The Brady Bunch tried to warn you.
As the wholesome blended family learned in the sitcom's Hawaii episodes, you can't just grab any ancient artifact you find on vacation. The thing could be cursed, and before you know it, your brother will wipe out while surfing, your maid will throw her back out during a hula lesson, and Vincent Price will hold you hostage in a cave.
Nevertheless, tourists routinely ignore the wisdom of TV reruns at southern Italy's Pompeii ruins, where a bustling Roman city was buried under volcanic ash after the eruption of Mount Vesuvius in 79 A.D.
Over the years, the site's archaeological excavation—which got going in earnest in the 18th century and is still active today—has received many returned artifacts accompanied by sorrowful letters of confession. So many, in fact, that the Pompeii Antiquarium, the onsite museum that tells the story of the city, has a whole exhibit dedicated to pilfered pottery and other forbidden souvenirs.
Looks like the curators need to make room for a new addition.
A Canadian tourist has mailed back two mosaic tiles, parts of a jar, and a ceramic wall piece she stole from the Archaeological Park of Pompeii in 2005.
In an accompanying letter, the woman, identified in news reports only as Nicole, writes that in the intervening 15 years, she has had nothing but trouble—and she thinks the stolen items are to blame.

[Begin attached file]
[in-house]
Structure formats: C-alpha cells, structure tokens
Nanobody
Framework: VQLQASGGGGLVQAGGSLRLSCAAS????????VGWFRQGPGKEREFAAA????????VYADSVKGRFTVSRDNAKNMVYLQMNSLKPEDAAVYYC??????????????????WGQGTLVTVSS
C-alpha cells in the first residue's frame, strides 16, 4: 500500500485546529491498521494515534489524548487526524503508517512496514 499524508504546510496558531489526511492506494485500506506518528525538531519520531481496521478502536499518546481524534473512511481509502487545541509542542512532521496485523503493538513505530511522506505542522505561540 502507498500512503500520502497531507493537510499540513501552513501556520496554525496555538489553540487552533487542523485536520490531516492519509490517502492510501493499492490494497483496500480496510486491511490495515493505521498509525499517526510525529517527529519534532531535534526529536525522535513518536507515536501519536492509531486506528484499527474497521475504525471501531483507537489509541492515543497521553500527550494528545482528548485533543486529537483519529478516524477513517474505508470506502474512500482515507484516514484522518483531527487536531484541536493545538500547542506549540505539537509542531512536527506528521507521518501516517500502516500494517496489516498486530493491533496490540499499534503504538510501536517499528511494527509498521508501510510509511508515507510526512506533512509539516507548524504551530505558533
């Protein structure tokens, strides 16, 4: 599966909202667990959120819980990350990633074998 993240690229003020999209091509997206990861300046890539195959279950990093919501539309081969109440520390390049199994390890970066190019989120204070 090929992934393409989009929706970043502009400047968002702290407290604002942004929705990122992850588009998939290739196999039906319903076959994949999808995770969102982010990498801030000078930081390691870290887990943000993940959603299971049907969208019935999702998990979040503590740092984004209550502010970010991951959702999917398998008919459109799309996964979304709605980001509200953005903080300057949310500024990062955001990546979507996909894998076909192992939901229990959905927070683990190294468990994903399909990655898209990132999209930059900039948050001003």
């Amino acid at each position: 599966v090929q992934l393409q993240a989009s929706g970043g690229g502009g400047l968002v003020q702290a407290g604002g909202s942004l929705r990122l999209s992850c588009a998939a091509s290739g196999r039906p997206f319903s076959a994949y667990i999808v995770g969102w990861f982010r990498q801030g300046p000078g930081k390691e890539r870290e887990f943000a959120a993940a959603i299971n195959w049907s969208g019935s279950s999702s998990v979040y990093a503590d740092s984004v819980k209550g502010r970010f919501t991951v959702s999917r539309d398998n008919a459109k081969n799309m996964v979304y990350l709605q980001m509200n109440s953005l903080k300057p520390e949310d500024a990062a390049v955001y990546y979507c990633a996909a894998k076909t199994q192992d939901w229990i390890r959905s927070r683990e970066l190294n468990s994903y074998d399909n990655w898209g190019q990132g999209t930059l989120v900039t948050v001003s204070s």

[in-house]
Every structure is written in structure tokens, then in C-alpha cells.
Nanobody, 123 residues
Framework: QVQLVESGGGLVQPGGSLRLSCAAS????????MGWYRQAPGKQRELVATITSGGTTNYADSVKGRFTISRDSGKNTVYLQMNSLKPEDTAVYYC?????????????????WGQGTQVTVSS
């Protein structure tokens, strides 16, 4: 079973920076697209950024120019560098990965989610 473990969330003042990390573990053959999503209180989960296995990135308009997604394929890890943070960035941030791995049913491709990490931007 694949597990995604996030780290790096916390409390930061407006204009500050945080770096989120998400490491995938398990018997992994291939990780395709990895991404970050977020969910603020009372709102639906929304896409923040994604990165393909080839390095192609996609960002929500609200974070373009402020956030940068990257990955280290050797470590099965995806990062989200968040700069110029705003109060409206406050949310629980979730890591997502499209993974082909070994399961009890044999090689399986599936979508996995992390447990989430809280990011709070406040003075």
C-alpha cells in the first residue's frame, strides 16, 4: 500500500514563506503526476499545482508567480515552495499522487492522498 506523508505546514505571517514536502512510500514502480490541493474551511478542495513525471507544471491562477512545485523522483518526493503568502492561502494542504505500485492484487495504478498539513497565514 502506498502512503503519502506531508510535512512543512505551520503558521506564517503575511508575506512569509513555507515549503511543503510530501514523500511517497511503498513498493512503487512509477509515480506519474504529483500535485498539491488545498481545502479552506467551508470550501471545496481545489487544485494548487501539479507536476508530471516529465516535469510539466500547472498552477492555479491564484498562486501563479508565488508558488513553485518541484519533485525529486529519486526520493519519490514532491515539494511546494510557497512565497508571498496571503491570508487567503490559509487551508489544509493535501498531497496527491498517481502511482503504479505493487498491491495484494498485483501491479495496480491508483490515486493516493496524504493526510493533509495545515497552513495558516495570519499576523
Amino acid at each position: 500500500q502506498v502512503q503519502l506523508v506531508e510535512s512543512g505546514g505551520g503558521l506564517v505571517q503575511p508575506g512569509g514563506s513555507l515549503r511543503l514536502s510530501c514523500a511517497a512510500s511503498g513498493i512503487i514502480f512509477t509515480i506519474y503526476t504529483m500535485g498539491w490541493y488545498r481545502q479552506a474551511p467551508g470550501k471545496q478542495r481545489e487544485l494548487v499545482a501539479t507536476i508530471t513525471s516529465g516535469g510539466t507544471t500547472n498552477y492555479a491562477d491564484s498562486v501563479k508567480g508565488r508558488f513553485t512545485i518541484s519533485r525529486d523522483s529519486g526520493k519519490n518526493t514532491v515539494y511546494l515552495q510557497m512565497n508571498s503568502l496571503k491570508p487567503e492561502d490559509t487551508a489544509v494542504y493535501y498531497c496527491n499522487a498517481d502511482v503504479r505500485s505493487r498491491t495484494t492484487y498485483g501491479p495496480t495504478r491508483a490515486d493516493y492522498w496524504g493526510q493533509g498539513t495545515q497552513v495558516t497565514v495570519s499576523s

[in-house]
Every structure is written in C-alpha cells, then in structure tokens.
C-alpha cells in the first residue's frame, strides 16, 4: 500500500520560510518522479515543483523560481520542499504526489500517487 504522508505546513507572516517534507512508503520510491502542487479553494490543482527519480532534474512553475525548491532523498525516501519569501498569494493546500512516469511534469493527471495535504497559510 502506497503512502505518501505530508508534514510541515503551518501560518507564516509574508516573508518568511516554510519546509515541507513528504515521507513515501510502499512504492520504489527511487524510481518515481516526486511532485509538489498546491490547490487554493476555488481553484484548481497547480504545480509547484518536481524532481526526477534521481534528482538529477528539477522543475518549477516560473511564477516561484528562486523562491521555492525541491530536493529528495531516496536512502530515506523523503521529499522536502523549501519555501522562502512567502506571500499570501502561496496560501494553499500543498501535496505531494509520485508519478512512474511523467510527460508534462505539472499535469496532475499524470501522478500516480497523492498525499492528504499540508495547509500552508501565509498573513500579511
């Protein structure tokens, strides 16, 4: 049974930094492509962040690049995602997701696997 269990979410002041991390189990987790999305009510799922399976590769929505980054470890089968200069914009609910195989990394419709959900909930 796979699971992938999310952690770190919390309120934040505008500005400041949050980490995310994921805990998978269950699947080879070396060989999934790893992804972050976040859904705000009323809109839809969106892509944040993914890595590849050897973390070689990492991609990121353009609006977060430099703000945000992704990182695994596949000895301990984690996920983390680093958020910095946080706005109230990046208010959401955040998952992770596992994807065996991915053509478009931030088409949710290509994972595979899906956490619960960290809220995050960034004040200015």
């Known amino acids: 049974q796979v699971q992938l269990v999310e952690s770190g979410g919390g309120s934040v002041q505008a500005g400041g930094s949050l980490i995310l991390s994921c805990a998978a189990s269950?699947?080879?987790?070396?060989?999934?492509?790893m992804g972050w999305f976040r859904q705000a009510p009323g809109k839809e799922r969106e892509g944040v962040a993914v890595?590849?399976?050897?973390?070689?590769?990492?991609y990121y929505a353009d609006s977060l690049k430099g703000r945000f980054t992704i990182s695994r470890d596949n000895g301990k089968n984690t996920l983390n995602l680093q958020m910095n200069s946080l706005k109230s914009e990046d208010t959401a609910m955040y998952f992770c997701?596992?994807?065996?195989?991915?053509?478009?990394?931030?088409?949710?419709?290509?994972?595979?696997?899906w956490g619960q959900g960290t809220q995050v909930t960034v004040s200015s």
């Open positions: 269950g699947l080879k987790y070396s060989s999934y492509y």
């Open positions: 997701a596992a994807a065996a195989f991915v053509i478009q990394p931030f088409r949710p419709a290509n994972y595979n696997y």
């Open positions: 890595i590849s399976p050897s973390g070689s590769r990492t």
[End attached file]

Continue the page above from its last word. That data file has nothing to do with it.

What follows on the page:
“Please, take them back," the letter states, according to The Guardian, "they bring bad luck.”
Nicole relates that she was in her early 20s when she visited Pompeii, and wanted a one-of-a-kind historical memento to take home. But she now thinks it was a horrible idea to take objects with "so much negative energy" attached to them due to their association with an event that caused extensive death and destruction.
Her misfortunes since 2005 have included two bouts with cancer and money problems, according to the letter. She asks for "forgiveness from God" and expresses a hope not to "pass this curse on to my family or children.”
We'd argue that she deserves some karma points for (eventually) doing the right thing. Here's hoping her luck improves from here on out.
As for Pompeii, it's doing better lately, too. Though the site came close to joining UNESCO's list of imperiled World Heritage sites in 2013, an ambitious restoration project led to the reopening earlier this year of the fresco-filled suspected brothel known as the House of Lovers. The structure had been closed to the public for 40 years due to earthquake damage.